Namibia takes over SADC chair

August 19, 2010

The Namibian President Hifikepunye Pohamba has taken over the chairmanship of the Southern African Development Community (SADC) for the next 12 months as the 15-member bloc looks back on 30 years of existence while political hot spots like Zimbabwe Read the rest of this entry »

Not just anyone should join SADC club

August 16, 2010

Business Day Those who live in southern Africa often hear news of progress made in building the European Union (EU), and how it has gradually enlarged over time to encompass 27 countries and 500-million citizens, as well as of the financial crisis threatening the euro. Read the rest of this entry »

Statement of the EU-Africa Business Forum

December 9, 2007

The EU-Africa Business Forum was held on 7 December and brought together business federations, chambers of commerce and major companies from the EU and Africa. The final statment includes recommendations on how to promote trade, interconnectivity and entrepreneurship in the EU-Africa partnership.

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Europe-Africa Trade Union Summit

November 13, 2007

A Trade Union Summit was held on 26-27 October in Lisbon, Portugal, addressing the relationships between Europe and Africa, bringing together more than 60 trade union leaders from Africa and Europe ahead of a European Union – African Union Summit.

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Contribution by Oxfam International

June 4, 2007

Oxfam International has submitted a contribution highlighting the principles of real partnership, transparency and mutual accountabilty as fundamental for EU-Africa relations. They call for a strategy built on Africa’s needs, political priorities and expectations. Different issues are brought up divided into three areas:

Trade, investment and regional integration

  • The EU’s current proposals on the EPAs “are in danger of undermining the very policies that African countries require to promote regional integration and transformation of their economies.”
  • How FDI and remittances can support equitable and pro-poor growth needs to be explored further

Peace and security
“The EU and AU should:

  • Agree on establishing mechanisms to monitor violations of humanitarian law, signs of state failure, and emerging conflict, in order to take timely action to prevent and stop such crimes.
  • Prioritise support for the successful negotiation of a robust International Arms Trade Treaty – with the high-level diplomacy required; […]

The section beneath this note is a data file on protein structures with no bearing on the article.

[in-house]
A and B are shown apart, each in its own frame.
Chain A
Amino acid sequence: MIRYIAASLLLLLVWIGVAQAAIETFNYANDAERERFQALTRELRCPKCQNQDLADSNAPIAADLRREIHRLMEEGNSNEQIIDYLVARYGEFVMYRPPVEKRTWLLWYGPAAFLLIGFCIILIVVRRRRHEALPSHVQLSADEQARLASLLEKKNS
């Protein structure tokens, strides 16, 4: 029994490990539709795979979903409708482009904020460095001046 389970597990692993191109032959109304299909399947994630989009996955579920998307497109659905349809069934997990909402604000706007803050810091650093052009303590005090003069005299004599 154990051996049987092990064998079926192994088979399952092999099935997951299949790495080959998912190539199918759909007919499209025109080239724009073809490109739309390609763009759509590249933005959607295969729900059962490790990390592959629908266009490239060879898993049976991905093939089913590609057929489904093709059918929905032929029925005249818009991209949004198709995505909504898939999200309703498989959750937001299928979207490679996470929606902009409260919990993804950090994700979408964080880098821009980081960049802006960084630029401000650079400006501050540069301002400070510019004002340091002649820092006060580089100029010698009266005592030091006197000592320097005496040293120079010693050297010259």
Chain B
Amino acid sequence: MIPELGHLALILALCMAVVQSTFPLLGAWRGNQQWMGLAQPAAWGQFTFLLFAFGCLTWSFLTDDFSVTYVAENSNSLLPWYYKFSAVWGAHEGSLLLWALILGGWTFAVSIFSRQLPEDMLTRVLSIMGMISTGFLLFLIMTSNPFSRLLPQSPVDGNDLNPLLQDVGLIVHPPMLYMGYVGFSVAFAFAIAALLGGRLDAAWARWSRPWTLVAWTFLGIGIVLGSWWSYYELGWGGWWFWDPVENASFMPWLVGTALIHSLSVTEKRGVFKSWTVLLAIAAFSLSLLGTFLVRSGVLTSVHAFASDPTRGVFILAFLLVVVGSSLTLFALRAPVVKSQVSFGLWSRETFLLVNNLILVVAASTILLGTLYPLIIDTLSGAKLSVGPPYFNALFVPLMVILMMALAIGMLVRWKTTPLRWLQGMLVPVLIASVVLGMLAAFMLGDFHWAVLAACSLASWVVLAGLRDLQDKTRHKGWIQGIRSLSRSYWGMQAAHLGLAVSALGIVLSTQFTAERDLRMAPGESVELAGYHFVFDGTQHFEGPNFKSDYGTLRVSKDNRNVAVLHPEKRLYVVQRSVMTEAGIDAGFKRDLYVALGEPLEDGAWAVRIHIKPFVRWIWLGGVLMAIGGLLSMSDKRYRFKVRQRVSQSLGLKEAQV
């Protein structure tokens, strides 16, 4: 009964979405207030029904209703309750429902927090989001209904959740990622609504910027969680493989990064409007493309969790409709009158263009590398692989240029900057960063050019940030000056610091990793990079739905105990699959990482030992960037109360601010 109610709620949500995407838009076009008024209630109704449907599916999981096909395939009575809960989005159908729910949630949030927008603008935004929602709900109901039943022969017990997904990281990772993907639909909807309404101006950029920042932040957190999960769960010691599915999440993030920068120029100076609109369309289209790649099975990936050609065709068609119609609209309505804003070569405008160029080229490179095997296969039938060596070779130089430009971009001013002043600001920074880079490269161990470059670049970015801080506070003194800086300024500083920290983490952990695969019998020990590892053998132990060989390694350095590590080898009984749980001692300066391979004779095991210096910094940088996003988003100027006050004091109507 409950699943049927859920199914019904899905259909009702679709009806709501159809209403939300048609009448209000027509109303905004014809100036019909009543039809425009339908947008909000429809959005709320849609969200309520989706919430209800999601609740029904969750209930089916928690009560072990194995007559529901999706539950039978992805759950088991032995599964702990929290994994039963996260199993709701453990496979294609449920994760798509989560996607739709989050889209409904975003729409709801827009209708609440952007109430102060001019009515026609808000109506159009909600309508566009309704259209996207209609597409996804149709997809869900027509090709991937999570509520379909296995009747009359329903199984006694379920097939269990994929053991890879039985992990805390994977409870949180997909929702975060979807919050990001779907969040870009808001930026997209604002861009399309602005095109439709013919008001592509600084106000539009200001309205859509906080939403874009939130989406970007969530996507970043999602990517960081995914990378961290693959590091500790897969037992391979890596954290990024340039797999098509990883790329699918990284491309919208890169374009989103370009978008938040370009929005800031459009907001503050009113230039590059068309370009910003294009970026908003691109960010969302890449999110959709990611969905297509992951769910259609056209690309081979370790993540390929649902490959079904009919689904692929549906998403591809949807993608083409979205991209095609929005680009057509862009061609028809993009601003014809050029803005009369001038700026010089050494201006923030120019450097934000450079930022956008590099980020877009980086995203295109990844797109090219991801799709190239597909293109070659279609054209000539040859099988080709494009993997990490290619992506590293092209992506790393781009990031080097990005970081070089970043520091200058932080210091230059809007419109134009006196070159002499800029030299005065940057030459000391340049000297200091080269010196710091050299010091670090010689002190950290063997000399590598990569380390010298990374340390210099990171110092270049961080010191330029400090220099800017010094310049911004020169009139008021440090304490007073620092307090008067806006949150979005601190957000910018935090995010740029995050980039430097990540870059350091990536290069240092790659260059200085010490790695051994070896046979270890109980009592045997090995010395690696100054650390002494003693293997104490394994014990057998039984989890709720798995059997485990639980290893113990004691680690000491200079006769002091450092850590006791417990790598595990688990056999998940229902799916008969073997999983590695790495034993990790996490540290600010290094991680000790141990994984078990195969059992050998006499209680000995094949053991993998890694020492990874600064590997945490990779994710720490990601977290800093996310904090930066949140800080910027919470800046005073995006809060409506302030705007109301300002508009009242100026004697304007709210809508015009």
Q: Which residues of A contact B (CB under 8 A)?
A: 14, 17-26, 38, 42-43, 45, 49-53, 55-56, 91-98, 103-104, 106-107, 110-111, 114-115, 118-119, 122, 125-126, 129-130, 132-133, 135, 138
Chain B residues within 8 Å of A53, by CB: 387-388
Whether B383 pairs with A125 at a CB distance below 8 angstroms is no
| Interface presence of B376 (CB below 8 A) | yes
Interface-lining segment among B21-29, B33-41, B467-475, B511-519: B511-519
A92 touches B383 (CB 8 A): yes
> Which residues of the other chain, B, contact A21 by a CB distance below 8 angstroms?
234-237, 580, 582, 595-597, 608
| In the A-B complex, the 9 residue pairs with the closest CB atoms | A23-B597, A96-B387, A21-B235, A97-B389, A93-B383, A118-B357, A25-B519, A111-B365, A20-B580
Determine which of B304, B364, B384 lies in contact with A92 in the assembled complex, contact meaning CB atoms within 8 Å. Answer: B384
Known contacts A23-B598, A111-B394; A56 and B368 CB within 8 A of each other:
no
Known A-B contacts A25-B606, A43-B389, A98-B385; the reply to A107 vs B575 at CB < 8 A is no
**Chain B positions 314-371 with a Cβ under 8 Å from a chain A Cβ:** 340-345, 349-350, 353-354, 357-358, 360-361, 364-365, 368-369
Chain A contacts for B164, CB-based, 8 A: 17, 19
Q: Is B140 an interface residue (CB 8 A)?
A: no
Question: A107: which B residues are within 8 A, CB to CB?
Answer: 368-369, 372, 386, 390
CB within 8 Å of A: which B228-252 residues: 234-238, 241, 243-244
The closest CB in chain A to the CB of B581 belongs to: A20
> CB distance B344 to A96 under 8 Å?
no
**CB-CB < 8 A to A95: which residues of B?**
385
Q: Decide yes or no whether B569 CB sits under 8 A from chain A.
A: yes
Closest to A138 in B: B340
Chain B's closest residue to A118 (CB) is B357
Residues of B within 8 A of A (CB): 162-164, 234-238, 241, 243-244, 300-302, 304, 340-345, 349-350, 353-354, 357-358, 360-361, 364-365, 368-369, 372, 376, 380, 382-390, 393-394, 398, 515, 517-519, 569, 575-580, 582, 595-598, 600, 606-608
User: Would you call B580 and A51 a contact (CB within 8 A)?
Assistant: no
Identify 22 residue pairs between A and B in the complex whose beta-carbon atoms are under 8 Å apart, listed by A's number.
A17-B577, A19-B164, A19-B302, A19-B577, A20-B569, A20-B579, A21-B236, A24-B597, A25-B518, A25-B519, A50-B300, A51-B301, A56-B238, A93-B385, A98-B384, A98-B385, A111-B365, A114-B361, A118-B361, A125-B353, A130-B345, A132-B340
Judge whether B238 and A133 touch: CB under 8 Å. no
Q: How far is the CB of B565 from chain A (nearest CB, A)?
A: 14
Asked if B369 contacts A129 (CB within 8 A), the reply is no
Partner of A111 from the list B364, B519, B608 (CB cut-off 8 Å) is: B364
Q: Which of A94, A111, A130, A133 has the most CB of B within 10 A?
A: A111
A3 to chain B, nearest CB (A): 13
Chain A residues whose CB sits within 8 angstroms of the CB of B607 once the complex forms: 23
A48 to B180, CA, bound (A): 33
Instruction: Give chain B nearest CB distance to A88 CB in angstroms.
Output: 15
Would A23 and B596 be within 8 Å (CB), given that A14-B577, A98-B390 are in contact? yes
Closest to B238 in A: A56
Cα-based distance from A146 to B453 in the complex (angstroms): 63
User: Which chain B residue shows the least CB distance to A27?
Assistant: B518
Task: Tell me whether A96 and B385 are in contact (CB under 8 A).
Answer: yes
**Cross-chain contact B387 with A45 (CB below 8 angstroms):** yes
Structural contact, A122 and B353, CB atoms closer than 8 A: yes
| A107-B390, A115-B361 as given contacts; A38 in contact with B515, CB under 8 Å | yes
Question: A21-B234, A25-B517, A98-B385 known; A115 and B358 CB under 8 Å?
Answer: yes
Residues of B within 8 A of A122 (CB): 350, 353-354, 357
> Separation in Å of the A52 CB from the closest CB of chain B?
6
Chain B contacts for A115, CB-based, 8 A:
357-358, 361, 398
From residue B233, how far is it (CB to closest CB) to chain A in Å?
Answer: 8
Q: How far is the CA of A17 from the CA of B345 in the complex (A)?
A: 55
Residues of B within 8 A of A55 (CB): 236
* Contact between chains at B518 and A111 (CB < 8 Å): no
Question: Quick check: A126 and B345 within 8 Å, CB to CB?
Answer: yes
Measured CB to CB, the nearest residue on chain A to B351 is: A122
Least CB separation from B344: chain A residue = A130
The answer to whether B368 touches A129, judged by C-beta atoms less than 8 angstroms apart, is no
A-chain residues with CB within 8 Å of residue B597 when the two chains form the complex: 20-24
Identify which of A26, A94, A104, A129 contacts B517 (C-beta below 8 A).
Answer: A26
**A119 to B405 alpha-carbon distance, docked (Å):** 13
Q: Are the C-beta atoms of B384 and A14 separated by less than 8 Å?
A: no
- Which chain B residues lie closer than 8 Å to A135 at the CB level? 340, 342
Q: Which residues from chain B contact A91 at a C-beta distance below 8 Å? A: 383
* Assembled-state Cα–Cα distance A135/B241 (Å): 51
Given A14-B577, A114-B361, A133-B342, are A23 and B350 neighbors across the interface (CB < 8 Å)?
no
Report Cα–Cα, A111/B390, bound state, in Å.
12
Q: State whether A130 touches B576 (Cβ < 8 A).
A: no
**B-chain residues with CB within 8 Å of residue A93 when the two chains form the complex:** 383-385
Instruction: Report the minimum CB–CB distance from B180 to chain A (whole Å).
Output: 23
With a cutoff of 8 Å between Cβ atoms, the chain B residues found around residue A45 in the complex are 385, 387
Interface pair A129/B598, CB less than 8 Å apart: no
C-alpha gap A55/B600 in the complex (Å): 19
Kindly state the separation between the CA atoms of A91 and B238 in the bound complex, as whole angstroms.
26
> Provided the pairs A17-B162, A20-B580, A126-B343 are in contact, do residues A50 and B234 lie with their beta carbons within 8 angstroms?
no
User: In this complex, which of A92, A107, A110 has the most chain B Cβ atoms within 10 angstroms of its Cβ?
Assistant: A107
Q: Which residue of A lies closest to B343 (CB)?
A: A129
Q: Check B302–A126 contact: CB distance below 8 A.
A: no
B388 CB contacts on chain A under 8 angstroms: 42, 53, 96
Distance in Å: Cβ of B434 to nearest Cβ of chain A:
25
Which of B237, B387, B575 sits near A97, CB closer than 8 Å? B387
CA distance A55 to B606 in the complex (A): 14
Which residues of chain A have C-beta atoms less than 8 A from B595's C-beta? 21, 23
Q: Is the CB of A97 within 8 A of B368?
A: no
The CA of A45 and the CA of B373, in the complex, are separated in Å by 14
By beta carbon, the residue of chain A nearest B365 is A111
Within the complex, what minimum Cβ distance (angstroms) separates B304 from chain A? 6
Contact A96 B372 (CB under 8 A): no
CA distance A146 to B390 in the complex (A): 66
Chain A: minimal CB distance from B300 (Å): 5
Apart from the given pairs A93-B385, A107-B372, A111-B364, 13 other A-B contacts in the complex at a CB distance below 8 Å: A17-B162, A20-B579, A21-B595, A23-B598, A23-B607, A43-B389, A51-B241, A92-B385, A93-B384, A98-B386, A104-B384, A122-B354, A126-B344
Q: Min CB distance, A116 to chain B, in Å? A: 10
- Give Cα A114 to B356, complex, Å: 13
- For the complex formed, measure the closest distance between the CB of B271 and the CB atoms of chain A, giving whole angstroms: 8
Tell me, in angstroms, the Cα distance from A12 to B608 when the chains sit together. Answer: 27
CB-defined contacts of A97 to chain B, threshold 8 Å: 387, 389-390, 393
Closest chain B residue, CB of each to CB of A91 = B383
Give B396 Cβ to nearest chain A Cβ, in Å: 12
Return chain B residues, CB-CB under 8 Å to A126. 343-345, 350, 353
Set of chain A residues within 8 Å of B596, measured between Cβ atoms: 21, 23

• Acknowledge their commitment under the Responsibility to Protect to use civil and military mechanisms for preventive crisis response”.


  • All EU member states should live up to their promise to increase their aid, without artificially inflating their figures.
  • Aid predictability should be increased.
  • Policy coherence should be ensured in EU policy.

Download the contribution in full – doc

See contributions by other organisations here.

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The trade relevance of the Joint EU-Africa Strategy

May 21, 2007

Robert Wilson, tralac’s Capacity Building Manager, discusses the trade relevance of the Joint EU-Africa Strategy in a note on their website. He provides a background of the process focusing on trade issues, and calls for consultations on a regional and national level.

On the content of the draft outline of the strategy, as presented at the civil society conferenece in Bad Honnef, he says:

    “…the proposed content and value of the trade and integration cluster is unclear and appears not to have been widely considered. This might be partly the result of the current emphasis on the EPAs. This is not to suggest however that the joint strategy and the EPAs are mutually exclusive. On the contrary, questions now need to be asked (and answered) regarding their concurrent operation and interaction with one another.”

As a basis for further consultation he suggests:

    “Stakeholders might be guided by the EU’s initial strategy for working with Africa, most notably the section on trade […]. For example, what could the joint strategy say about future EU and Africa relations under multilateral and regional trade regimes, the provision and maintenance of public goods, and the role of aid for trade?”

Read the full discussion note here.

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Contribution by FEMNET

April 15, 2007

Roselynn Musa from African Women’s Development and Communications Network, FEMNET, Nairobi, Kenya has submitted a paper focusing on gender and trade.

    “It has often been propositioned that ‘trade’ and not ‘aid’ is the catalyst that will plunge African countries from unending poverty to economic prosperity. There is no denying the fact that trade has brought benefits for African women particularly in generating a rise in employment opportunities, yet research into the impacts of trade policy on gender relations and equality paints a disturbing picture of many perspectives. […]
    The paper therefore challenges some of the myth claiming that trade liberalisation brings many benefits at very little cost […]. It discusses issues of gender and trade in Africa centering on employment, labour, privatization, salary gaps, and the impact of trade on productive and reproductive spheres. It analyses the effects of policy measures put in place by African governments to regulate trade and how they relate to gender roles and relationships.
    It also focuses on the relationship of trade, on the one hand, with gender and poverty, on the other, within the context of the human development paradigm.”

Download the contribution in full – doc

See contributions by other organisations here.

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